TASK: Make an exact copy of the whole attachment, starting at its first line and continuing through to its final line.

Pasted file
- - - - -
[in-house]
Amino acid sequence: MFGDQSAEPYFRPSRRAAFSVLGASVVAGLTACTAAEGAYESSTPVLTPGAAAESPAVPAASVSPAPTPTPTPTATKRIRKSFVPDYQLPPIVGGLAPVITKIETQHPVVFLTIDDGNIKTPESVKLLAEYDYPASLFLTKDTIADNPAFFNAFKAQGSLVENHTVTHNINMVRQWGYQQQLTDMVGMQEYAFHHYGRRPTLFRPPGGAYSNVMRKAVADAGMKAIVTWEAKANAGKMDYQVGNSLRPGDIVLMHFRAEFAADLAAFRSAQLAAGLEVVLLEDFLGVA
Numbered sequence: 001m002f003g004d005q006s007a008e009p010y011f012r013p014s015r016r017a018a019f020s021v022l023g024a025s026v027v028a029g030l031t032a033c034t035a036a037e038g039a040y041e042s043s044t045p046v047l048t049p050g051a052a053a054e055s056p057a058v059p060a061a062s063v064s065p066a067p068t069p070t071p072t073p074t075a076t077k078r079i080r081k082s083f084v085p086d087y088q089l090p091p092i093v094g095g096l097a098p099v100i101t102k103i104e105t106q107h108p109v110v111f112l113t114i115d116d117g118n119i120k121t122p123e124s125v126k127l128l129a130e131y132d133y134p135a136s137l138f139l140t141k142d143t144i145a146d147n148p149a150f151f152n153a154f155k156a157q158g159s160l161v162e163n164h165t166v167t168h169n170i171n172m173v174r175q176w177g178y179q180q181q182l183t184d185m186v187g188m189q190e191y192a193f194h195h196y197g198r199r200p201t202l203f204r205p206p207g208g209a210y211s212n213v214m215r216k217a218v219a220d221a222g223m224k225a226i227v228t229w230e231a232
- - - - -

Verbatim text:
[in-house]
Amino acid sequence: MFGDQSAEPYFRPSRRAAFSVLGASVVAGLTACTAAEGAYESSTPVLTPGAAAESPAVPAASVSPAPTPTPTPTATKRIRKSFVPDYQLPPIVGGLAPVITKIETQHPVVFLTIDDGNIKTPESVKLLAEYDYPASLFLTKDTIADNPAFFNAFKAQGSLVENHTVTHNINMVRQWGYQQQLTDMVGMQEYAFHHYGRRPTLFRPPGGAYSNVMRKAVADAGMKAIVTWEAKANAGKMDYQVGNSLRPGDIVLMHFRAEFAADLAAFRSAQLAAGLEVVLLEDFLGVA
Numbered sequence: 001m002f003g004d005q006s007a008e009p010y011f012r013p014s015r016r017a018a019f020s021v022l023g024a025s026v027v028a029g030l031t032a033c034t035a036a037e038g039a040y041e042s043s044t045p046v047l048t049p050g051a052a053a054e055s056p057a058v059p060a061a062s063v064s065p066a067p068t069p070t071p072t073p074t075a076t077k078r079i080r081k082s083f084v085p086d087y088q089l090p091p092i093v094g095g096l097a098p099v100i101t102k103i104e105t106q107h108p109v110v111f112l113t114i115d116d117g118n119i120k121t122p123e124s125v126k127l128l129a130e131y132d133y134p135a136s137l138f139l140t141k142d143t144i145a146d147n148p149a150f151f152n153a154f155k156a157q158g159s160l161v162e163n164h165t166v167t168h169n170i171n172m173v174r175q176w177g178y179q180q181q182l183t184d185m186v187g188m189q190e191y192a193f194h195h196y197g198r199r200p201t202l203f204r205p206p207g208g209a210y211s212n213v214m215r216k217a218v219a220d221a222g223m224k225a226i227v228t229w230e231a232